Creative, Professional Expression Through E-Portfolio


Image courtesy of Stephanie Calderon

Stephanie Calderon

By Stephanie Calderon

Everyday, someone is applying for an internship, job or opportunity but, in order to do so, they need to stand out from the crowd; John Jay has begun to introduce a perfect way to stand out to employers–E-portfolio.

E-portfolio can be considered a crossover between Linkedin and Tumblr, giving students the opportunity to be creative with expressing how they have spent their 4 years in college to be qualified for any job they apply for. It can also be used to put together a portfolio for graduate school. “This is a way for students to showcase their achievements, both inside and outside the classroom,” says Daniel Auld, Director of Learning Technologies & Support.

“The point of e-portfolio,” says Auld, “is for students to have a professional website where they can make it according to their personality, and don’t have to be afraid of it coming off as unprofessional, such as tumblr or instagram.”

The program was first offered to only students that had a first year or transfer seminar with a professor that wanted to use e-portfolio. The professors used this to replace Blackboard as a way for students to upload assignments, peer review, and so much more. However, after a fund was given to the program from New York State, it was expanded to all the students within John Jay.

There are many benefits of a student having an e-portfolio. Auld says, “This is the one place to put everything. It allows the student to be able to present themselves to their potential employer or application reviewer for an opportunity in a way that is much more personal than a resume and cover letter.”

An example of this is Magdalena Oropeza, a student here at John Jay whose dream it is to go to Law school. One of the steps to completing this dream is applying to the Ronald H. Brown Law School Prep Program, a competitive law school prep program in which you have to compete between numerous other students for the program. When Oropeza applied for the program, she attached her e-portfolio link, just in case the reviewer wanted to know more about her before the final decision. When Oropeza was called for an interview, the interviewer said “she loved her e-portfolio, and spent 30 minutes on it versus her usual 3 minutes per application.” 

Brenda Almaraz, an e-tern with Student Academic Success Programs, has also used e-portfolio in a way that has helped her throughout her Academic Journey. E-portfolio was introduced to her during her first day of classes her freshman year with LLS Professor Jodie Rory and her English Professor Carmen Kynard. She learned about how e-portfolio could help her. In her English class, she was one of 9 “WebMasters”, which ultimately helped her to learn more about e-portfolio, which led to her falling in love with the work. Once she heard that a position was available to work with students, teaching them about e-portfolio, being a role model with her own portfolio, she knew that it was just something that she had to do.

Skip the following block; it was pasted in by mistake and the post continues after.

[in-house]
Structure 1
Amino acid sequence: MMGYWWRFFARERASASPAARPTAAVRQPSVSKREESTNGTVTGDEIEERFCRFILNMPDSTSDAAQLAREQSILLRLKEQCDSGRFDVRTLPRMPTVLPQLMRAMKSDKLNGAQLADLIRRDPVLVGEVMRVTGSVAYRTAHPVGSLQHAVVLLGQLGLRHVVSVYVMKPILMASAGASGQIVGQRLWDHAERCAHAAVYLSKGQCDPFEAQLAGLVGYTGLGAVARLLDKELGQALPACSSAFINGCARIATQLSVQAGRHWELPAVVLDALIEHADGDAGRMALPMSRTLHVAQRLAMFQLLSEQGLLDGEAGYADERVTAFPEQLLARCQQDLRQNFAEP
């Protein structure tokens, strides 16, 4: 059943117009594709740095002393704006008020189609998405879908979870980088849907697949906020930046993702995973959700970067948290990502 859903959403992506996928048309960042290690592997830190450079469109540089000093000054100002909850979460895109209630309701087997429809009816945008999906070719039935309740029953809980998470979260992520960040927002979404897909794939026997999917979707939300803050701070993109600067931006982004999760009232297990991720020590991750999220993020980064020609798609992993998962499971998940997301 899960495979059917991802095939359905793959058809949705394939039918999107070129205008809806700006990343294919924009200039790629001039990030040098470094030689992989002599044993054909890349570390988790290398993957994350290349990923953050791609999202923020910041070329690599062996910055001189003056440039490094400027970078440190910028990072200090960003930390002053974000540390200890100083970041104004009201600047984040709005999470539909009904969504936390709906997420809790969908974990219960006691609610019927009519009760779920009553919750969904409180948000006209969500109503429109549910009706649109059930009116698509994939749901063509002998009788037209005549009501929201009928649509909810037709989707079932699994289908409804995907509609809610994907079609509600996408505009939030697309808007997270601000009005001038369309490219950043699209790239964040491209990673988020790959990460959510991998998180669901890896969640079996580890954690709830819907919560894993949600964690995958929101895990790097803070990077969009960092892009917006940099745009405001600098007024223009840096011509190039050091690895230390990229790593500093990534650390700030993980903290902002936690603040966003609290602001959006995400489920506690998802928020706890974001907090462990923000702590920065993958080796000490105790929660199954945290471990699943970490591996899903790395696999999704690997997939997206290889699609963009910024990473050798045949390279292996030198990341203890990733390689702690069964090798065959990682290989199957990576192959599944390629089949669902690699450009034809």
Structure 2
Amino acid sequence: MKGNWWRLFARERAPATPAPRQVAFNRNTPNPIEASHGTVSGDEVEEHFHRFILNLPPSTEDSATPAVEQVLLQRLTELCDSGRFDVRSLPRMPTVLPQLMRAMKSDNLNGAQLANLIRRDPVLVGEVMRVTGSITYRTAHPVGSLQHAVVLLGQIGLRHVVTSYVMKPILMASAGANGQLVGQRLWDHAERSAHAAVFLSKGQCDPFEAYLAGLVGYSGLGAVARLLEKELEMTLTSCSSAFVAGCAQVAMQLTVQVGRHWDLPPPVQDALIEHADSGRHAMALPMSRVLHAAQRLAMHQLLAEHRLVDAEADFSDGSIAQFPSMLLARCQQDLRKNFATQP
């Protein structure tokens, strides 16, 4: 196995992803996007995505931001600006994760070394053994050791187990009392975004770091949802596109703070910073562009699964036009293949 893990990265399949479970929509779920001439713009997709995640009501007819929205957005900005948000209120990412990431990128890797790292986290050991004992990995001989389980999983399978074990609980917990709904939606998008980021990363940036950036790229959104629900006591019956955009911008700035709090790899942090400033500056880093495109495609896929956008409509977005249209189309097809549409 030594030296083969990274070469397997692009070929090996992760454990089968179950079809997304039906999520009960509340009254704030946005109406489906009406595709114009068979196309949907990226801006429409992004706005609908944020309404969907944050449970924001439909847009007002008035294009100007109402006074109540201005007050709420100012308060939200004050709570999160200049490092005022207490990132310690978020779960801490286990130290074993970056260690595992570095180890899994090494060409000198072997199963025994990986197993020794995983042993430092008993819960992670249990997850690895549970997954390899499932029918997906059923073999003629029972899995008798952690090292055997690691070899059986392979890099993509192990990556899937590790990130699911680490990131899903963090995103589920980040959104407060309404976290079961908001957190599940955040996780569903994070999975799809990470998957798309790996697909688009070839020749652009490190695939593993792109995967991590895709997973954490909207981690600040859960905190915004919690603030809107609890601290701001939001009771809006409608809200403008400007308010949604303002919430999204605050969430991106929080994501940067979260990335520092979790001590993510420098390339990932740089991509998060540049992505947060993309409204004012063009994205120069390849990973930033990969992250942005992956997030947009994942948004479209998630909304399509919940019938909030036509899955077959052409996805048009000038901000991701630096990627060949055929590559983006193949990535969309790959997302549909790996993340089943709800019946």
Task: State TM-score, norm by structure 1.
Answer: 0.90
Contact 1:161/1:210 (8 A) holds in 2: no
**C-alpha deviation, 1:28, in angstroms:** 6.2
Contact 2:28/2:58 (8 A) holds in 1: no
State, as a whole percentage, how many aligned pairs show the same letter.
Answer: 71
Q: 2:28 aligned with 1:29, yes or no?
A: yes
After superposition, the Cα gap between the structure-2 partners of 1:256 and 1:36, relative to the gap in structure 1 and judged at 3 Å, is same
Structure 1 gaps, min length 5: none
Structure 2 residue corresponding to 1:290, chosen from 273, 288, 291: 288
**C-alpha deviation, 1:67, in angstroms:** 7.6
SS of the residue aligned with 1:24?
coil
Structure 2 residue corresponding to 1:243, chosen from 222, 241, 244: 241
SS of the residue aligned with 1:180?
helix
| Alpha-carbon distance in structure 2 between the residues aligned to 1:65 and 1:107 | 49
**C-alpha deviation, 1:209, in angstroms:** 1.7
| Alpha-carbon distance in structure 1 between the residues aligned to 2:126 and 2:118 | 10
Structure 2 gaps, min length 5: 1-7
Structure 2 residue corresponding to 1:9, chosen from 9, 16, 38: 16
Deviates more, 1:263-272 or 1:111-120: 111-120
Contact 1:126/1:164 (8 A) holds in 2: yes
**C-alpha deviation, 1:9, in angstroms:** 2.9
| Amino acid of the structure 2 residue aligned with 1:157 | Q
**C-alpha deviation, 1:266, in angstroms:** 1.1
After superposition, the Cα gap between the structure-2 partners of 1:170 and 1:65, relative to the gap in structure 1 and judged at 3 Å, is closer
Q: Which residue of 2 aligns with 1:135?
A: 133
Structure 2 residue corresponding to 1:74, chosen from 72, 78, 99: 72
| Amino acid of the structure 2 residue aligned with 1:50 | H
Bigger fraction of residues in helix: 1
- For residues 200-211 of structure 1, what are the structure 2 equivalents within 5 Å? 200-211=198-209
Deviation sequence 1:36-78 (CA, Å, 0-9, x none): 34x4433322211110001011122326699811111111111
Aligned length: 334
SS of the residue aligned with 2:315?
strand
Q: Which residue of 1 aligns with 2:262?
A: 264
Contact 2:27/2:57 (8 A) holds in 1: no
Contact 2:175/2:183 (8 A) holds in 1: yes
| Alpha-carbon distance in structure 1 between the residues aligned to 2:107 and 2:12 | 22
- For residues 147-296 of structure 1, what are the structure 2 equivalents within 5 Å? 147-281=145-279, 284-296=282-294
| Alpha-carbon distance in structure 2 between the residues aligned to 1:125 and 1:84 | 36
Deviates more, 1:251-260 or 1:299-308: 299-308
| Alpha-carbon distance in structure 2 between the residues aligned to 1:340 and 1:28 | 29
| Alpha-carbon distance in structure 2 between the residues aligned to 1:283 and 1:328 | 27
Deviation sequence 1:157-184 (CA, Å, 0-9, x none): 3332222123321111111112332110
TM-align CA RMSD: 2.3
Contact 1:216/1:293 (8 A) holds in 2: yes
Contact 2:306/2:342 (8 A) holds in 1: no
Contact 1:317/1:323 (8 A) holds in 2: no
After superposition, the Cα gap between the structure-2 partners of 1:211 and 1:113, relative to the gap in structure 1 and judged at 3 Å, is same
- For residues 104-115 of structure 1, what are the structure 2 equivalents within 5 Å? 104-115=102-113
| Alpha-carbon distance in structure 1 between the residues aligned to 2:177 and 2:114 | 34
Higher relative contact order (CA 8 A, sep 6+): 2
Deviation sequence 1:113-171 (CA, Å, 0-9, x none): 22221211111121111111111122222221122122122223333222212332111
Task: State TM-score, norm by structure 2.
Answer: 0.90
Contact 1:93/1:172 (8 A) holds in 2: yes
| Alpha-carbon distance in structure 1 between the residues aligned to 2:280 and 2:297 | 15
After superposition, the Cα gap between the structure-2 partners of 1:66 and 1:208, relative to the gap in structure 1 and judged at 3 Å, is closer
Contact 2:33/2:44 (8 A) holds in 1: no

“Being an e-tern and having an E-portfolio has helped me with approaching faculty since I’m really shy and embarrassed when talking to more important faculty members,” said Almaraz. “It allows me to create a community with my peers and relate to them in a way that I wasn’t expecting.”

But are we the only students that uses this that makes us unique? “A lot of other campuses are also beginning of use e-portfolio, which means competition when applying, so the more that students are using their E-portfolio, customizing it with their passions, using the resources that we have here to help them make it as amazing as it can be is what will help single them out during the application process,” said Auld. Magdalena’s and Brenda’s experiences are only the beginning of what different types of opportunities that you can have.

Although there are a lot of students that are excited to be using this tool as a way to stand out, but not everyone sees having an e-portfolio as a benefit. One student said, “The only reason that I know what an e-portfolio is is for my job. I believe that it is a waste of time because of how much work it takes to maintain it and constantly update it.” Not everyone see e-portfolios as a tool, but more of a obstacle that they must go through to pass a class or complete for work.

No matter what the opinion of the student, e-portfolio is available for all students with their John Jay email, through the site: